Tamar Fishman: The Artist and Her Work
Tamar Fishman is an Israeli-born artist whose works celebrate the Jewish heritage and the Jewish people. Her inspiration is derived from traditional Jewish texts and the artistic qualities of the Hebrew alphabet. Tamar and her family are members of Congregation Beth El.
The Beth El tapestries are the shared creation of Tamar and English weaver Pat Johns. Tamar’s concept and design contemplate the spiritual significance of two powerful episodes in the life of Jacob. The compositions portray God’s presence and promise on the eve of Jacob’s hasty departure from his homeland and, 20 years later, at the dawn of his return.
The expressive character of the Hebrew letters are an important dimension of Tamar’s art. The words prominent in the tapestries share the letters aleph-lamed, “El,” lamed permits it to be extended without changing its character. This flexibility allows the letter to serve as the framework of the composition, with each lamed guiding the eye toward the Ark, the focal point of the bimah. Beth El and Israel, meaning God. The distinctive shape of the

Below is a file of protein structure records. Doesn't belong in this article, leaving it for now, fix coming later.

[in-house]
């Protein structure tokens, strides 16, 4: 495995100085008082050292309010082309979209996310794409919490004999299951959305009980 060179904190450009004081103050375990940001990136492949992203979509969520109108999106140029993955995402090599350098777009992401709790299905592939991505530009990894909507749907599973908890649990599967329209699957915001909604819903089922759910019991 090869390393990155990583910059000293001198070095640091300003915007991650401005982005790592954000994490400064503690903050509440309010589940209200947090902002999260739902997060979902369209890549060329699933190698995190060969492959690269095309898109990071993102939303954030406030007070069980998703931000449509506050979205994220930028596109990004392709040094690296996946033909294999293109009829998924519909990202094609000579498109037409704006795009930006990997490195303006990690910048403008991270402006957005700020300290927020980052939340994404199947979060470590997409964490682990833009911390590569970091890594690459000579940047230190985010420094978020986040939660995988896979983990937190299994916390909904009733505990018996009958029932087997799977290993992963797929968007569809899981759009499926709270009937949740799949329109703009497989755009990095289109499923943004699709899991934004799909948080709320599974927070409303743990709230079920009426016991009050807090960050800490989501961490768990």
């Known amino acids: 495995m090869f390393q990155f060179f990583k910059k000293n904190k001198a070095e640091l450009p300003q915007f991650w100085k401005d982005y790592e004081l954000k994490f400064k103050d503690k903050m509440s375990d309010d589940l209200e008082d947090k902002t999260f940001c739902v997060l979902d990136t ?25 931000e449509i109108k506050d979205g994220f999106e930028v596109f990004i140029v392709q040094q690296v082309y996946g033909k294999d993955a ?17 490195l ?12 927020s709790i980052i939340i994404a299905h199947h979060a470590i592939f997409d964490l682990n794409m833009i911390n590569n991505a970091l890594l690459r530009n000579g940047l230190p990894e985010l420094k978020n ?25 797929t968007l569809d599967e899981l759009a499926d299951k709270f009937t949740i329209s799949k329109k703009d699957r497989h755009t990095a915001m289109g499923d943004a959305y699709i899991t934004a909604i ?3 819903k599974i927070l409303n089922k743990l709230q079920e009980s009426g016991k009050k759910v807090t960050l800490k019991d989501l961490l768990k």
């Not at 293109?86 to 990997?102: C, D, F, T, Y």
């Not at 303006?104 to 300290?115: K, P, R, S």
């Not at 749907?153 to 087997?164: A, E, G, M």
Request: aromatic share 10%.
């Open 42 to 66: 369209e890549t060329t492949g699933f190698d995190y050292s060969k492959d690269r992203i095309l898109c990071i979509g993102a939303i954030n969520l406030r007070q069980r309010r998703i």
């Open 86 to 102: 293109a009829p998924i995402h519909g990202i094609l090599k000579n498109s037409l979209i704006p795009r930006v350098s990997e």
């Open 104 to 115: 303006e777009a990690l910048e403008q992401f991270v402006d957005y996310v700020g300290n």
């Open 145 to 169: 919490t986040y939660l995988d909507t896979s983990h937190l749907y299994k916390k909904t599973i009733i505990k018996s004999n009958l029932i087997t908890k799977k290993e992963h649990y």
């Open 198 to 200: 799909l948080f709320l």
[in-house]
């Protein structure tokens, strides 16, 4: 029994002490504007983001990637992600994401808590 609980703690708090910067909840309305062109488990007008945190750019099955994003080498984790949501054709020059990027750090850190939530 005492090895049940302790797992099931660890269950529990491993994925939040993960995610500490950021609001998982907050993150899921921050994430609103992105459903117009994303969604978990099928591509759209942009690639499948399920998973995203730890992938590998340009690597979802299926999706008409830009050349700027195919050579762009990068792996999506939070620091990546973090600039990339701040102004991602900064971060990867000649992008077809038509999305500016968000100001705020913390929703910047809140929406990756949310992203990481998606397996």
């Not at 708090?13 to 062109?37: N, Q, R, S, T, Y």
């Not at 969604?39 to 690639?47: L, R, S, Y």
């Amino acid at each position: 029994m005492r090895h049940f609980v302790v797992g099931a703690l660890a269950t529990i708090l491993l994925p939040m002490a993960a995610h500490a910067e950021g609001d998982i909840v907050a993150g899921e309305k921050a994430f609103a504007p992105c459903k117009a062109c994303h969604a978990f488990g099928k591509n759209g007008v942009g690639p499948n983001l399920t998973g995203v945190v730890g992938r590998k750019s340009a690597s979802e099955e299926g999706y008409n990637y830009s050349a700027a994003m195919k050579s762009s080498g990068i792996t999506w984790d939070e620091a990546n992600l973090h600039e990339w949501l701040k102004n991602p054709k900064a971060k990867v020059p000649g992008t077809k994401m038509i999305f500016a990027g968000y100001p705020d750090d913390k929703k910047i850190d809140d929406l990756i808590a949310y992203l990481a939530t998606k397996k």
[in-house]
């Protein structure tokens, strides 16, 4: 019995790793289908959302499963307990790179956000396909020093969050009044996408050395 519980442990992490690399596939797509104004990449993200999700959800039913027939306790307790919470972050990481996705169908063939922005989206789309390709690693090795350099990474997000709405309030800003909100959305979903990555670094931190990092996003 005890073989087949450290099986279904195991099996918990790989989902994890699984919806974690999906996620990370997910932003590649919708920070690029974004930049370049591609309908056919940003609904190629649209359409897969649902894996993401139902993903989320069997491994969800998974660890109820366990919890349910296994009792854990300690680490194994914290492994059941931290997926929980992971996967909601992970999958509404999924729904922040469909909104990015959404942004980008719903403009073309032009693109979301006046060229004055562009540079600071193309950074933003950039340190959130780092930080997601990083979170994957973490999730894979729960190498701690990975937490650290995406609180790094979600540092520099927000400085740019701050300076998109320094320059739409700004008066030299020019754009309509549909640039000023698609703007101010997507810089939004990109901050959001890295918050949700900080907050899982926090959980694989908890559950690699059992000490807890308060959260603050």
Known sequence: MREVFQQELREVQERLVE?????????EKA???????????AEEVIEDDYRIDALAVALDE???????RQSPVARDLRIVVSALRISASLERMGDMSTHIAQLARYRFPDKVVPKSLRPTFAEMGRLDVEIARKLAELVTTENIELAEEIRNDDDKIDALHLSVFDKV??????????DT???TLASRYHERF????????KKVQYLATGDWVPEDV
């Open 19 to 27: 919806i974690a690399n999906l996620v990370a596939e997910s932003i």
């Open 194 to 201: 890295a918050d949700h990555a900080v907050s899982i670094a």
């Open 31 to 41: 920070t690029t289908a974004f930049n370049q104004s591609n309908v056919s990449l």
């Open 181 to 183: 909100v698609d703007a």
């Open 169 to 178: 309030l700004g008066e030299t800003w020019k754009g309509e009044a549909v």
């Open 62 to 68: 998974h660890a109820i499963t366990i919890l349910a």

On the first tapestry, Beth El represents the House of God, the setting of our communal worship. Israel, on the second tapestry, is more personal, suggesting a wrestling with our conscience, our humanity, and our God. Beth El directs the vision inward, toward the Ark, whereas Israel takes it out and around before bringing the viewer, with the other lamed.